Parents, Become the Enablers of Positive 


Behaviour!


Shruthi Bhandary Chodankar


As a counselling psychologist, I have encountered many children who avail of counselling for various reasons. Some children are not scholastically inclined and have trouble catching up with the rest of the class. Others have anxiety and anger issues. Victims of bullying and children with behavioural problems come to seek counselling. Children with suicidal thoughts, who cannot speak to anybody else of their fears and sadness see a counsellor as confidant. A few children even confess about problems in their relationships with family as well as friends (as commonly observed in students of Std VIII, IX and X).


Recently, I found an emotional love letter with a child who is in Std V. Disconcerting as it may be, who is to take responsibility for this sort of behaviour in such young children? It is easy to begin blaming the media and technology, but it must be accepted that many of our young children go astray due to the wrong approach of the parents to handling their children.

Here is some advice parents would do well to heed:


1. Teaching children to be giving and unselfish is an essential building block to character formation. We could directly influence our children by telling them not to share a special treat with anyone else or through our own display of ungenerous behaviour.


2. Inculcate in them respect for every person, irrespective of caste, class, creed, age, etc.


3. With so many sexual abuse cases in the news, we need to be very careful about the safety of our young and impressionable children. They need to be taught the difference between good touch and bad touch. Children must be made to feel confident enough to inform parents if they are ever uncomfortable with someone. Parents should give a listening ear without judgement no matter how trivial the matter may seem. We can save our children from abusive situations just by reassuring our children that we believe them.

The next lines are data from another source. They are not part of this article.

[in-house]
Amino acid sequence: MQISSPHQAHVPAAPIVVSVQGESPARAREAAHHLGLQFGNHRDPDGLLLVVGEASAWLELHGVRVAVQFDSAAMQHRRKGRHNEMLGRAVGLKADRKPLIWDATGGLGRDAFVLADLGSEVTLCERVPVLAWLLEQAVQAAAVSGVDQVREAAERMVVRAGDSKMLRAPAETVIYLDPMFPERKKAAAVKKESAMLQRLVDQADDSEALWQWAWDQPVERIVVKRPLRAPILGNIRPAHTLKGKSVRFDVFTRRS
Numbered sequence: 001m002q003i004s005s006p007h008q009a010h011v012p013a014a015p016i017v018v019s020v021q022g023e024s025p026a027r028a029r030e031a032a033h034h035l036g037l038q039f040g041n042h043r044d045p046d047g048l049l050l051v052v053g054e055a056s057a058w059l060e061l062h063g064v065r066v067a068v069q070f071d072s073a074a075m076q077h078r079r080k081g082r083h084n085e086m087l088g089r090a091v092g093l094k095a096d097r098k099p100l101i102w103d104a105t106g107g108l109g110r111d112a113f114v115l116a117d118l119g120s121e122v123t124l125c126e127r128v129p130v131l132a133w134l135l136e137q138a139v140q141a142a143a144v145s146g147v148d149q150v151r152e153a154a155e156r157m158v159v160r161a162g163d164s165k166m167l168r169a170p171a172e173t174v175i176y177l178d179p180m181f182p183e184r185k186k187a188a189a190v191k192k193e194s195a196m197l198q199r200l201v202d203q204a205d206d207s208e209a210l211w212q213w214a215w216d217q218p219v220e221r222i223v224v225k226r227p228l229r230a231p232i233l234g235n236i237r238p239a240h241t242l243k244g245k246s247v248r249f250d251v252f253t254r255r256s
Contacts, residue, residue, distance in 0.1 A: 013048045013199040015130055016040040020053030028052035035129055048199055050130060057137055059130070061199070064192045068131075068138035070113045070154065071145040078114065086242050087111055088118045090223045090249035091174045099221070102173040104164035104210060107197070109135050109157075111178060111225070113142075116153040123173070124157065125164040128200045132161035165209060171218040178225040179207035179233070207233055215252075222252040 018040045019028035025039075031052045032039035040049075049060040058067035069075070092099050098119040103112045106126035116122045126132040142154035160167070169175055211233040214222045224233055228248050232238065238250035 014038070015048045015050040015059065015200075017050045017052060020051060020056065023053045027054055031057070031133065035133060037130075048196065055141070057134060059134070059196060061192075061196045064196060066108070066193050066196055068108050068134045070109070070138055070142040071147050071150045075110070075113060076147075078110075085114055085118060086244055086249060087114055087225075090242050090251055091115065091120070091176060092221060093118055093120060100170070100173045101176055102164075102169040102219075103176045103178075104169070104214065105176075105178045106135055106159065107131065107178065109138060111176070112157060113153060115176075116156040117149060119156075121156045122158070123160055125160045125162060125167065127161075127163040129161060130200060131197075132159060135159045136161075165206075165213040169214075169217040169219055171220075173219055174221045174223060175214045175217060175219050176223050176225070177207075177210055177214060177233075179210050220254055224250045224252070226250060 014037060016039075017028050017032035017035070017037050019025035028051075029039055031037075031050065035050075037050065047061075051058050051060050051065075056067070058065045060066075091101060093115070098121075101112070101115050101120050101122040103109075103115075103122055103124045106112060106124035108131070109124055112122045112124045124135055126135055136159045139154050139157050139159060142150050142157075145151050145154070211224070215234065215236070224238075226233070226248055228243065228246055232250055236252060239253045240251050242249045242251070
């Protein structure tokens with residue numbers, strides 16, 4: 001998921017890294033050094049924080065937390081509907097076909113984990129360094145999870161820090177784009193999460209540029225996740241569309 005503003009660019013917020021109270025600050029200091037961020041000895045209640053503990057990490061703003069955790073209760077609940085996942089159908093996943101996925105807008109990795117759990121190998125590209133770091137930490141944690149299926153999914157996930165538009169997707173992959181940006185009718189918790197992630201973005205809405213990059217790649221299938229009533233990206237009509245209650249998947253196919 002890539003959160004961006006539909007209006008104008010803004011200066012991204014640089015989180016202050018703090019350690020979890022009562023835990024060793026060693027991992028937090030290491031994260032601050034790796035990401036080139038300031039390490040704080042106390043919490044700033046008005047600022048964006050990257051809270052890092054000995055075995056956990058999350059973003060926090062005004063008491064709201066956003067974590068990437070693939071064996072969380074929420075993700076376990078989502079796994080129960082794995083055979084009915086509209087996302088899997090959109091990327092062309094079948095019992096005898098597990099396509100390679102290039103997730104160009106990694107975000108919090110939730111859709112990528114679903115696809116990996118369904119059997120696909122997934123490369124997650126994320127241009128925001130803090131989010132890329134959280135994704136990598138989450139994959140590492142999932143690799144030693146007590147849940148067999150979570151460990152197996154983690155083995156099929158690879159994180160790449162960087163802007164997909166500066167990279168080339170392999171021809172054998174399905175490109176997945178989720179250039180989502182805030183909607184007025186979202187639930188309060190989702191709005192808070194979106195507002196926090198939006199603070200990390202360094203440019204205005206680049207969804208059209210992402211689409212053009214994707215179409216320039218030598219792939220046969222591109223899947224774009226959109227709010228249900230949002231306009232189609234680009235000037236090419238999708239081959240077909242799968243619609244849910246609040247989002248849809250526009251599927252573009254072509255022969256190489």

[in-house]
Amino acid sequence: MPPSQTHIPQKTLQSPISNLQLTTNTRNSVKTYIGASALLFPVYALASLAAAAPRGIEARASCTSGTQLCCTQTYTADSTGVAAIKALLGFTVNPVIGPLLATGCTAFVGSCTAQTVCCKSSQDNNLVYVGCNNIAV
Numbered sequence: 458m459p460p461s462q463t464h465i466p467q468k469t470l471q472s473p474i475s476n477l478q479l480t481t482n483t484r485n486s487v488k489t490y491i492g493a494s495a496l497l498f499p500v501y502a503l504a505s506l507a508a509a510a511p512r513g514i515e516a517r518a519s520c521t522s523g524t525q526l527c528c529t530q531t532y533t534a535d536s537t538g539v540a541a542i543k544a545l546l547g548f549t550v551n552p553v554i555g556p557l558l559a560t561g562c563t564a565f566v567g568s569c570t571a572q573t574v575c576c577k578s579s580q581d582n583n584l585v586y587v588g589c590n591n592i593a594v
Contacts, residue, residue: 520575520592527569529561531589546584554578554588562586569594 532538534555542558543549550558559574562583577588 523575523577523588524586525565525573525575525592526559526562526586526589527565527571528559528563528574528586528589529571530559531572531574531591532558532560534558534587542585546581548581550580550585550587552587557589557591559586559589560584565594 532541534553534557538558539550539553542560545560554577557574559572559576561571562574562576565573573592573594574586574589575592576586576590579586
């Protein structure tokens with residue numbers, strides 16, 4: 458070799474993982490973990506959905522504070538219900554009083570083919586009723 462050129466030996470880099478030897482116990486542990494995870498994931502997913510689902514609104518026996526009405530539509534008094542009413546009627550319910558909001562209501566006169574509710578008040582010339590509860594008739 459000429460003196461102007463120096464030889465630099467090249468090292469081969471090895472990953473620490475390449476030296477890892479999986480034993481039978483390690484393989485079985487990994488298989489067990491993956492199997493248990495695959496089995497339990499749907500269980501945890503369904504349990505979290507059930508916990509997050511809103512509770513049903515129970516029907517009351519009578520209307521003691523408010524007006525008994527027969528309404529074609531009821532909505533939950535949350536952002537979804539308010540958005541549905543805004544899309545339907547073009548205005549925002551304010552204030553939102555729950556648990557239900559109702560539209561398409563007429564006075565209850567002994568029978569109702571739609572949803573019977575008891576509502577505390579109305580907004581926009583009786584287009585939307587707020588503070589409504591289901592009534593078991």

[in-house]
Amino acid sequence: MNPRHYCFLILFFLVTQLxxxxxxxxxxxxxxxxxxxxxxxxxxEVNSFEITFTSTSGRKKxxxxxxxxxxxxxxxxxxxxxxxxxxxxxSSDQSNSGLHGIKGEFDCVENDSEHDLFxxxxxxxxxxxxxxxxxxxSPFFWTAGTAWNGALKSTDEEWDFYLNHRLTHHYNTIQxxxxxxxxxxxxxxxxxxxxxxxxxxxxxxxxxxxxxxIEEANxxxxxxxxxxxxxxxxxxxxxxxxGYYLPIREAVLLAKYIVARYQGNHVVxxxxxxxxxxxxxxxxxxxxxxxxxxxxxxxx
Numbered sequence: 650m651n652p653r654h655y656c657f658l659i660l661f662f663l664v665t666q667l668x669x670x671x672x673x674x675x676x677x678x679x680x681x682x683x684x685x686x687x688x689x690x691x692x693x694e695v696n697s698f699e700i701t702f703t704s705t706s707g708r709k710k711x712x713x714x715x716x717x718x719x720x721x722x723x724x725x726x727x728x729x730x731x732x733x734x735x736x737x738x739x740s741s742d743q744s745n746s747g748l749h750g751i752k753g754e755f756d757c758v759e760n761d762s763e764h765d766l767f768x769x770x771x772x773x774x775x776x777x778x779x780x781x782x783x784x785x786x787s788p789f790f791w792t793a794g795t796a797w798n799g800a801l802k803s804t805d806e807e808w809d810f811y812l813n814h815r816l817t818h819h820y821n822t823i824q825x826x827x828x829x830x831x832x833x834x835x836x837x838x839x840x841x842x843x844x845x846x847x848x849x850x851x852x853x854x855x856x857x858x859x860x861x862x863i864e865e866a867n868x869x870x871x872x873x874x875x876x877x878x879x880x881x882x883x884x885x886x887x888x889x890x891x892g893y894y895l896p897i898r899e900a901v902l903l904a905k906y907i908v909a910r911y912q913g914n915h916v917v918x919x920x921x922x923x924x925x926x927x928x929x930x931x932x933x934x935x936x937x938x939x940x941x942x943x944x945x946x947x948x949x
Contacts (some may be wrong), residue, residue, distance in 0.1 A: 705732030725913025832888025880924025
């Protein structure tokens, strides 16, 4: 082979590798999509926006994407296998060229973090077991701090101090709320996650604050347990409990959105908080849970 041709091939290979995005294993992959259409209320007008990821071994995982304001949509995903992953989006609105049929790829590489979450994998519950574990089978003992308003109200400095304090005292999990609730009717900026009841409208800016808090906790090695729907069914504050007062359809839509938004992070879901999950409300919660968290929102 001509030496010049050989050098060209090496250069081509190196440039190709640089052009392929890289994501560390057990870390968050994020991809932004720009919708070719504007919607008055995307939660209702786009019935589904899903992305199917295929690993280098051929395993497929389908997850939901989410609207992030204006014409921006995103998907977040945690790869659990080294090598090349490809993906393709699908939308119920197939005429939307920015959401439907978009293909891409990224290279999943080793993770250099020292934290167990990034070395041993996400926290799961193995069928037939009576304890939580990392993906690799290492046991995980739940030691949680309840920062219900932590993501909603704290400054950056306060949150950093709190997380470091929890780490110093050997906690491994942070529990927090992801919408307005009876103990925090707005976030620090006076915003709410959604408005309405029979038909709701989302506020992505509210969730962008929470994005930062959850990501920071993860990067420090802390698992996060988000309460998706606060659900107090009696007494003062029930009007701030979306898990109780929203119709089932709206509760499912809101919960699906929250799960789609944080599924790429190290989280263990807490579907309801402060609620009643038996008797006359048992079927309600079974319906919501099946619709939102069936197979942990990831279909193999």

4. Parents should share their struggles and failures or successes with their children. It is only then that children will understand the hard work their parents put in. It will also give them the chance to realise that it is alright to fail and that they will have another chance so long as they are willing to improve themselves.

5. Never offer solutions to every problem. Sometimes a child knows what is to be done. The child may just need someone to listen to them. If we make a habit of giving suggestions and solutions in every situation, the child will never start thinking for him or herself and will always be dependent on the parent. Finding the answers on their own builds children’s self-confidence.


6. When a child informs the parent of something, the parent should not express doubt as to whether he or she is speaking the truth. The child will shy away from opening up and establishing a positive relationship with the parent.


7. Comparison is a major problem in our society. When some children do not do well in studies, parents tend to demean them by comparing their academic performance with the neighbours’ children or siblings or their friends. A child should be given help in their studies as well as be motivated in whatever the child is good at. If the child does not get proper love and attention from parents, they try to seek attention and very often end up going against social norms.

8. If children make a mistake, they should be directed to focus on the consequences of whatever they have done. They should experience life on their own terms as that is how they will learn. Be their guiding light but do not dissuade them from testing the waters.


Their emotions should be the focus of attention instead their material needs. What is most important is always to love them the way you loved them when they were born. Respect their feelings, accept them the way they are and be their friend in all circumstances.